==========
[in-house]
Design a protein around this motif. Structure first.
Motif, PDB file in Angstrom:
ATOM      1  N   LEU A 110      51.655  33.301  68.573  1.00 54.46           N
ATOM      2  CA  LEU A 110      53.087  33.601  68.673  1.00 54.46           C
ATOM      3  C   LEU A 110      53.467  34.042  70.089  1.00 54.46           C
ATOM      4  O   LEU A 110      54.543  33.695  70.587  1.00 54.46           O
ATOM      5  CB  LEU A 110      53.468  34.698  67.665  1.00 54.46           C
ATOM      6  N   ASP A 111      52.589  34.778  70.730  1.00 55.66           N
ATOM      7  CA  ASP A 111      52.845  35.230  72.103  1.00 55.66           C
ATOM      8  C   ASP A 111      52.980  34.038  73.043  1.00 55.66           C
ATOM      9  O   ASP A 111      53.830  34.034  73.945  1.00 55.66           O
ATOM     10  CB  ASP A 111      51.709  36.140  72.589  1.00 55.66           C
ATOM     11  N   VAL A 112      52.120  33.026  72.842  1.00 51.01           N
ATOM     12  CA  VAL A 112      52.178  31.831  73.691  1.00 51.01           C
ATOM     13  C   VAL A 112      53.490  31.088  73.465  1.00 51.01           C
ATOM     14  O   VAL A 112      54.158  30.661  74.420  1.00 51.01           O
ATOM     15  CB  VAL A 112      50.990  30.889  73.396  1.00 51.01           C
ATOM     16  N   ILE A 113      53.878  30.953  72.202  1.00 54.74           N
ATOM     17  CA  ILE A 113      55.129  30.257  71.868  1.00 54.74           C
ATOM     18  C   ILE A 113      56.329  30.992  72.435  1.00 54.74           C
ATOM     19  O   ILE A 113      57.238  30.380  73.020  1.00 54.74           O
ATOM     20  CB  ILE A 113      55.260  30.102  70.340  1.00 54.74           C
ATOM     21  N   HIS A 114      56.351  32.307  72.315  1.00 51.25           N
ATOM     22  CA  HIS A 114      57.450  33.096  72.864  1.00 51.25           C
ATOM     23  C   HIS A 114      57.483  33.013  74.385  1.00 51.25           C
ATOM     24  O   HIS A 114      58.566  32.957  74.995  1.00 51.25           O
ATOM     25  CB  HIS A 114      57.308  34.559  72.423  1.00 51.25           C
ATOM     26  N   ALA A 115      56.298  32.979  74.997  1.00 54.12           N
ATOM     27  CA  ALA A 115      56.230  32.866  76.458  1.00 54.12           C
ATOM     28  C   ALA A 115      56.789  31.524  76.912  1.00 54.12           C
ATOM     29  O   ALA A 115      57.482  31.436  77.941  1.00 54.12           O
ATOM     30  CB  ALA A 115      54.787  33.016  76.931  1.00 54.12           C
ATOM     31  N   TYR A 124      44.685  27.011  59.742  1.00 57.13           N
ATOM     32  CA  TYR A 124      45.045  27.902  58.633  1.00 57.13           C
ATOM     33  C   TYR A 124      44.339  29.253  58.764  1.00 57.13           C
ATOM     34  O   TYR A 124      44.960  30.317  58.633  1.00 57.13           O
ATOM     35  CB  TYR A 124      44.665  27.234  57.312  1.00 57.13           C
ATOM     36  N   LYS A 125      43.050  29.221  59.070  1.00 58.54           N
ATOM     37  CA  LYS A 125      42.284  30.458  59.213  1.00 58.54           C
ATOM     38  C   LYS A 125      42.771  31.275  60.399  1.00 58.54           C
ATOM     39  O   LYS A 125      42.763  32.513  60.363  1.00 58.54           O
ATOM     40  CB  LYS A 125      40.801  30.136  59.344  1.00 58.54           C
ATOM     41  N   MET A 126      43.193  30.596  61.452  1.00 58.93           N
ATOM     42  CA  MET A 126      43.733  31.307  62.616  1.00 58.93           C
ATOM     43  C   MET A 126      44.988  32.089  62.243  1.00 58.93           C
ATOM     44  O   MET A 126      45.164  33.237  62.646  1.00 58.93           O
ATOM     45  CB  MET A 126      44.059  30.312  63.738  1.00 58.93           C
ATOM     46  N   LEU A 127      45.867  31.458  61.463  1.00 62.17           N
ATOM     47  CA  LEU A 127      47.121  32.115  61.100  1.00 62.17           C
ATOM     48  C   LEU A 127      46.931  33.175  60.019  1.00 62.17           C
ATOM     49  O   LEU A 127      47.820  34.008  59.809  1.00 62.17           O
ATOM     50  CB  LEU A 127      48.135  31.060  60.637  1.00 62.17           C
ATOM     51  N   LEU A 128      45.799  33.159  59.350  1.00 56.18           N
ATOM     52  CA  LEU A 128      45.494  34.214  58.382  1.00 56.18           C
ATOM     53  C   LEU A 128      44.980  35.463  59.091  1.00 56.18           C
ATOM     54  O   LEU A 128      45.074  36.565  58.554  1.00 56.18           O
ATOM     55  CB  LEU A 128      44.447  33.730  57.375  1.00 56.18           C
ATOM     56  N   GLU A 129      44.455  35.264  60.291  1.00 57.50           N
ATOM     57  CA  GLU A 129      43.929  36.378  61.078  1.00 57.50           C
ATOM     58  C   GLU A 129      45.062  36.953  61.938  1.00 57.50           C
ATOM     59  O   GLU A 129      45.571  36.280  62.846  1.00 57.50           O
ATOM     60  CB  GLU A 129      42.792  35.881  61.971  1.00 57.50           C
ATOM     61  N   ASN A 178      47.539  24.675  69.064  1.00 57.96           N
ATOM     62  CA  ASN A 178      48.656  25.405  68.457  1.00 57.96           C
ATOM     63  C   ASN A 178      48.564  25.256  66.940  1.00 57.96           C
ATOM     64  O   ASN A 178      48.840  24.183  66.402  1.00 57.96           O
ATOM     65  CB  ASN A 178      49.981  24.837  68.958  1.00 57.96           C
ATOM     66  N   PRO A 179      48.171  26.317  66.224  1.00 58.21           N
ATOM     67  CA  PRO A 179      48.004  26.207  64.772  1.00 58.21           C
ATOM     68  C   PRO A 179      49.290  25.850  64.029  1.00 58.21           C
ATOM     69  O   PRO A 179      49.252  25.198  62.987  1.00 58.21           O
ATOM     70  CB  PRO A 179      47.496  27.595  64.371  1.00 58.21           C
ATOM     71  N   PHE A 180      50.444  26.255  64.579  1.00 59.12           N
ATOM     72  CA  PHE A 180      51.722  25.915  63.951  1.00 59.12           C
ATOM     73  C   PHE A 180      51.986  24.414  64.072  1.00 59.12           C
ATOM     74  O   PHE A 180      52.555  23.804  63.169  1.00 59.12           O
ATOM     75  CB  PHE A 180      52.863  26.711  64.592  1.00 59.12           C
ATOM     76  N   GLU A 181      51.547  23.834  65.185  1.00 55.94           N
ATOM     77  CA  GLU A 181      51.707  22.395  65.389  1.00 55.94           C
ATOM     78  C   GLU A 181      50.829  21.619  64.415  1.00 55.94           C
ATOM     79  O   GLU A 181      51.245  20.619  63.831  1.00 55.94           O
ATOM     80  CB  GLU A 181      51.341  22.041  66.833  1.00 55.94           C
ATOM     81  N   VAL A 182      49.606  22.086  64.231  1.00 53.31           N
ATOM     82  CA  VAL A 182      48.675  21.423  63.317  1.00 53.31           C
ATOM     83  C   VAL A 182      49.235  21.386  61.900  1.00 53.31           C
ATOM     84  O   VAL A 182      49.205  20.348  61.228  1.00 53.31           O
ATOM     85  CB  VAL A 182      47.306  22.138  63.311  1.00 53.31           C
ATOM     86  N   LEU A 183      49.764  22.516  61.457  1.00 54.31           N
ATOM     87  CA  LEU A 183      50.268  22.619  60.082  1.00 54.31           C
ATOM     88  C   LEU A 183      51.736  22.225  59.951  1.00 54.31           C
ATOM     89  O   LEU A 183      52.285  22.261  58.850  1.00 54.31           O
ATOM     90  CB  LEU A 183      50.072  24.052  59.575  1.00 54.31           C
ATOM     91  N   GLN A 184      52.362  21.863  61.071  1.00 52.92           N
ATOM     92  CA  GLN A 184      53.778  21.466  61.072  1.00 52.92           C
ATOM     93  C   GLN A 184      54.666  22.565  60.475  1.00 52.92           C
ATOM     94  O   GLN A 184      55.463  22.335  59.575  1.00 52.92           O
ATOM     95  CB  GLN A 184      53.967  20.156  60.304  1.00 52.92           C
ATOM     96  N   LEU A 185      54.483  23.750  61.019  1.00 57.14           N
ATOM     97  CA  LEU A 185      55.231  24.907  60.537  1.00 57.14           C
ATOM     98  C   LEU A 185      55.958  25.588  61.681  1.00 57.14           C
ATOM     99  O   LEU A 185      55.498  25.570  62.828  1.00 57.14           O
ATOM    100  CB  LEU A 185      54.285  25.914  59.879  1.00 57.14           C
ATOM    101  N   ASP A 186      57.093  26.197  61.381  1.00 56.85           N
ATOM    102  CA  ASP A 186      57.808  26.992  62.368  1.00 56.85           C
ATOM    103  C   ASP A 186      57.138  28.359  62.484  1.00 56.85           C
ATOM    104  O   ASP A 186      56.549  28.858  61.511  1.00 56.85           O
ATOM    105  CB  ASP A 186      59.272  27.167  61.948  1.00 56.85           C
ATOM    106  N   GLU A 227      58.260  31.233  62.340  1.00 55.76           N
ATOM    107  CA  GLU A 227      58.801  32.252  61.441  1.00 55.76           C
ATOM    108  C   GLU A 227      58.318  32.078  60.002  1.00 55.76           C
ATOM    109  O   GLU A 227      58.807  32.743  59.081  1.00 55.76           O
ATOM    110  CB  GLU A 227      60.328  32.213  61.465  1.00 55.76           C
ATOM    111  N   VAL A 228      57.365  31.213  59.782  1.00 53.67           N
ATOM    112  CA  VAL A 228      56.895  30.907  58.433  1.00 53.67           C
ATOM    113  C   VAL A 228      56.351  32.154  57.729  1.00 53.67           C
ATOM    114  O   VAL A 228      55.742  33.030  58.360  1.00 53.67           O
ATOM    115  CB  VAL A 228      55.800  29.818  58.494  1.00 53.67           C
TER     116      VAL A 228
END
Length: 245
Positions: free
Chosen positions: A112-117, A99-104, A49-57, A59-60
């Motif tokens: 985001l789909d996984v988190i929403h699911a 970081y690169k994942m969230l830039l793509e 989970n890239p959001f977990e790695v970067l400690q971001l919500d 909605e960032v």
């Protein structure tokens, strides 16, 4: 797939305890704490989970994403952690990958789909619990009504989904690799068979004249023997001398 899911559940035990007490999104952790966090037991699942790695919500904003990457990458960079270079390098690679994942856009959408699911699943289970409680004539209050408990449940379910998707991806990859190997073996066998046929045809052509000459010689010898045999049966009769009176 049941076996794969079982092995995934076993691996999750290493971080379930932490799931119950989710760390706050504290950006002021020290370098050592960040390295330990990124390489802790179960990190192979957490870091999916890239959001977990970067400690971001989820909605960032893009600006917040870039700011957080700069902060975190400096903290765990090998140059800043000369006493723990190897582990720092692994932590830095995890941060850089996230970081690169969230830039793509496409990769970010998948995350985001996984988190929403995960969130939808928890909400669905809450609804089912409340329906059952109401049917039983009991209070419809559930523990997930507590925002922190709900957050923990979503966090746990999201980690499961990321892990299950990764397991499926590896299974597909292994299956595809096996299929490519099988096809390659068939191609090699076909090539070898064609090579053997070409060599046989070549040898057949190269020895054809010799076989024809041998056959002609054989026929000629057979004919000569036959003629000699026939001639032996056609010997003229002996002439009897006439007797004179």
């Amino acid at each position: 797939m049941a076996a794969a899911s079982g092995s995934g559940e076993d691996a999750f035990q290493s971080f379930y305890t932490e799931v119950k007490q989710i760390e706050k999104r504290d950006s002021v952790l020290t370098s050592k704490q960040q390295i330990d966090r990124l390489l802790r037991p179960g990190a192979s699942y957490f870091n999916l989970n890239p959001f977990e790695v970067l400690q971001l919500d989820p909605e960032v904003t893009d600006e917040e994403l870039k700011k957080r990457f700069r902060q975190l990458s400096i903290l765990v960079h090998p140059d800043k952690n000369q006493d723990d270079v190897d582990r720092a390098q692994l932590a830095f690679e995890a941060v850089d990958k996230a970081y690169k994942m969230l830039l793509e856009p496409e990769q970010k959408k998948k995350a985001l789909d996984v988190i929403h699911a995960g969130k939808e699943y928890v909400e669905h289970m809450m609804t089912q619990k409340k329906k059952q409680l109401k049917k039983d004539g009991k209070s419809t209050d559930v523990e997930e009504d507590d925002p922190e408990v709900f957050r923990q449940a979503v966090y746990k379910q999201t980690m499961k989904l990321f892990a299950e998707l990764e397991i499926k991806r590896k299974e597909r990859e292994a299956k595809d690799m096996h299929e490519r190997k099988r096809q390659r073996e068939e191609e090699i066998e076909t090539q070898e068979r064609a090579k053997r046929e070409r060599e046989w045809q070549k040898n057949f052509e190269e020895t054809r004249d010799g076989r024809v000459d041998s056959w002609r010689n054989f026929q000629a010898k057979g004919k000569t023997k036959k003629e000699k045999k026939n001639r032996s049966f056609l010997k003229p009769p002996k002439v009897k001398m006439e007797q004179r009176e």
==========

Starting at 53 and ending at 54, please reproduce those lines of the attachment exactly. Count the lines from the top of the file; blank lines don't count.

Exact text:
ATOM     50  CB  LEU A 127      48.135  31.060  60.637  1.00 62.17           C
ATOM     51  N   LEU A 128      45.799  33.159  59.350  1.00 56.18           N